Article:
Infestations are on the rise, experts say, because bedbugs hitch a ride on our clothes and hang out in our beds. And they are not only found in homes; more and more bedbugs are showing up in hotels, dormitories and places where people frequently travel. Even retailers are not immune: Victoria’s Secret in New York City closed its doors for several hours to exterminate the nasty critters.

Bedbugs are many things, but one thing they are not, is a threat to your health. They are not disease vectors and are not considered a public health risk, according to entomologists at Purdue University’s Public Health and Medical Entomology department. But their bites do tend to leave itchy welts on human skin, and some people experience an allergic reaction. What’s more, bedbug sufferers say these persistent creatures wreak havoc on the psyche.

“Besides the ‘icky’ feeling of knowing bugs have crawled over you in your sleep, even after the infestation has been dealt with, people may still have a fear of falling asleep and feel anxiety about the whole experience,” says Henriksen. “In some cases, furniture [and] clothes have had to be thrown away, increasing the costly toll of the problem.”

Bedbugs are typically most active at night and tend to bite exposed skin while people are sleeping. The face, neck, hands and arms are the most common sites. Typically, the bites produce redness, swelling and itching, but if scratched, they can become infected, which is the most bodily damage they can cause. A particularity of bedbug bites is that they show up as multiples in a row.

Entomologists say the bugs’ presence has nothing to do with cleanliness, but the insects do produce small brown or red dots on sheets. And getting rid of them is not easy or cheap.

How do you spot a bedbug? Adult bedbugs are about 1/4-inch long, oval, reddish brown and wingless. Their bodies are very flat, and they possess long, slender legs and antennae, according to the Purdue scientists.

Bedbugs can travel easily — from beds to sofa cushions, from room to room and even home via suitcases from travel. Once an infestation develops, whether in a home, a hotel or even a movie theater, bedbugs are extremely difficult to remove and require the experience of a pest professional. Bedbugs can live for a year or more without eating and can withstand a wide range of temperatures, from nearly freezing to almost 113 degrees Fahrenheit, says Henriksen.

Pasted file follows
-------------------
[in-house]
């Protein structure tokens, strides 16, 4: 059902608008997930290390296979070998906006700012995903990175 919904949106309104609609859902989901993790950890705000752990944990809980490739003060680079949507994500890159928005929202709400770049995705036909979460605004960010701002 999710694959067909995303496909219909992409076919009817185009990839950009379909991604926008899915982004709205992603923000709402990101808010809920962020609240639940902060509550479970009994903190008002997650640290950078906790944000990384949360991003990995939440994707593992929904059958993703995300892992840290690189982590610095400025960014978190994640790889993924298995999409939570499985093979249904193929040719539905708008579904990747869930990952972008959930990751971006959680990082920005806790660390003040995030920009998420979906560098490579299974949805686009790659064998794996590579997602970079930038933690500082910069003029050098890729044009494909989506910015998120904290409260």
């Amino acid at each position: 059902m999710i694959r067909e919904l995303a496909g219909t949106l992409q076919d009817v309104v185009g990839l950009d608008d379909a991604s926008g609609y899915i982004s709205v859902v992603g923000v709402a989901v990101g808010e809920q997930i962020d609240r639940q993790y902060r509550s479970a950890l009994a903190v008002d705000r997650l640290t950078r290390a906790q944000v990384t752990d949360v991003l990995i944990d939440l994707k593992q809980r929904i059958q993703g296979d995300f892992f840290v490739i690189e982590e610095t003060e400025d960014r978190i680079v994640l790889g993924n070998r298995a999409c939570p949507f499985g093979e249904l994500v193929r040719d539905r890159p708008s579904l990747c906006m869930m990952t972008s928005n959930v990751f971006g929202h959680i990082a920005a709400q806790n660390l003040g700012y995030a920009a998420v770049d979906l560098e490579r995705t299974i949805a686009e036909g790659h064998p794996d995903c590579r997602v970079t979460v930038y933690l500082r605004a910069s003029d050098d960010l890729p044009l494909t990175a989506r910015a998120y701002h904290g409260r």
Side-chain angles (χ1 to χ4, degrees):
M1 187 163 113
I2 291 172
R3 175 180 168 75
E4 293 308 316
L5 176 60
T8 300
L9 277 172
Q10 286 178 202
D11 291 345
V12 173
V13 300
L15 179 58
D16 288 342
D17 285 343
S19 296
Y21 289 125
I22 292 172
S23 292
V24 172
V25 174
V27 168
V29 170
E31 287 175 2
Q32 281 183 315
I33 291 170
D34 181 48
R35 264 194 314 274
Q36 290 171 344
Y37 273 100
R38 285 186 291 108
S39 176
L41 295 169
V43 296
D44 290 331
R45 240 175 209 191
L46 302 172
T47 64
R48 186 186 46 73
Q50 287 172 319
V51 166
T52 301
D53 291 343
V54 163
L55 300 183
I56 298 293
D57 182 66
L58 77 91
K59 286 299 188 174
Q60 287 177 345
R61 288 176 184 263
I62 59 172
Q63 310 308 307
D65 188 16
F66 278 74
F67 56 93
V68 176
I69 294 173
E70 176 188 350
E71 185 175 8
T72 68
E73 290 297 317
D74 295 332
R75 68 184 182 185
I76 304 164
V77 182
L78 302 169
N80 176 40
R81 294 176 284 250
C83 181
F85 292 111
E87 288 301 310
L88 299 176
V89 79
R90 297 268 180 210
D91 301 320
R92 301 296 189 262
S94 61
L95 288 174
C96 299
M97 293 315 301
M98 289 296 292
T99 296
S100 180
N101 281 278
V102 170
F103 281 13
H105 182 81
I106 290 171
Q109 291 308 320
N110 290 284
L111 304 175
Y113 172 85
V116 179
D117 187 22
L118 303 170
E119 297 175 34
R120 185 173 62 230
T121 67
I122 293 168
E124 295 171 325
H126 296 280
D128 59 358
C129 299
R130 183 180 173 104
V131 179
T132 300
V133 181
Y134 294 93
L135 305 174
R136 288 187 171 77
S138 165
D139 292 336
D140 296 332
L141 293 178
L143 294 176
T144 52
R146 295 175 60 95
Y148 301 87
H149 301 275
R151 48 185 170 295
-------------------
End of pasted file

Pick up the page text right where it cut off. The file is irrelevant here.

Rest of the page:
And since it is the height of travel season (the resurgence of bedbugs is tied largely to international travel), it is important for travelers to know what to look for in hotels. The NPMA offers these tips:

* Pull back the hotel bed sheets and inspect the mattress seams, particularly the corners, for telltale brownish or reddish spots.
* Thoroughly inspect the entire room before unpacking. Do not put your luggage on the bed.
* If you change rooms but choose to stay in the same establishment, be sure your new room is not adjacent to the potentially infested room.
* Use a large plastic bag to store your luggage.

Florida Bed Bug Control

Treating bedbugs isn’t a do-it-yourself project

December 20, 2010

Sarasota Herald-Tribune: Treating bedbugs isn’t a do-it-yourself project

12/18/2010
By Kate Spinner

If dreaded bedbugs invade, don’t make a run for the store pesticide aisle.

Bedbugs have developed resistance to almost half of the 300 pesticides listed for their control. And even the pesticides that do work can make infestations harder to beat if they are not applied correctly.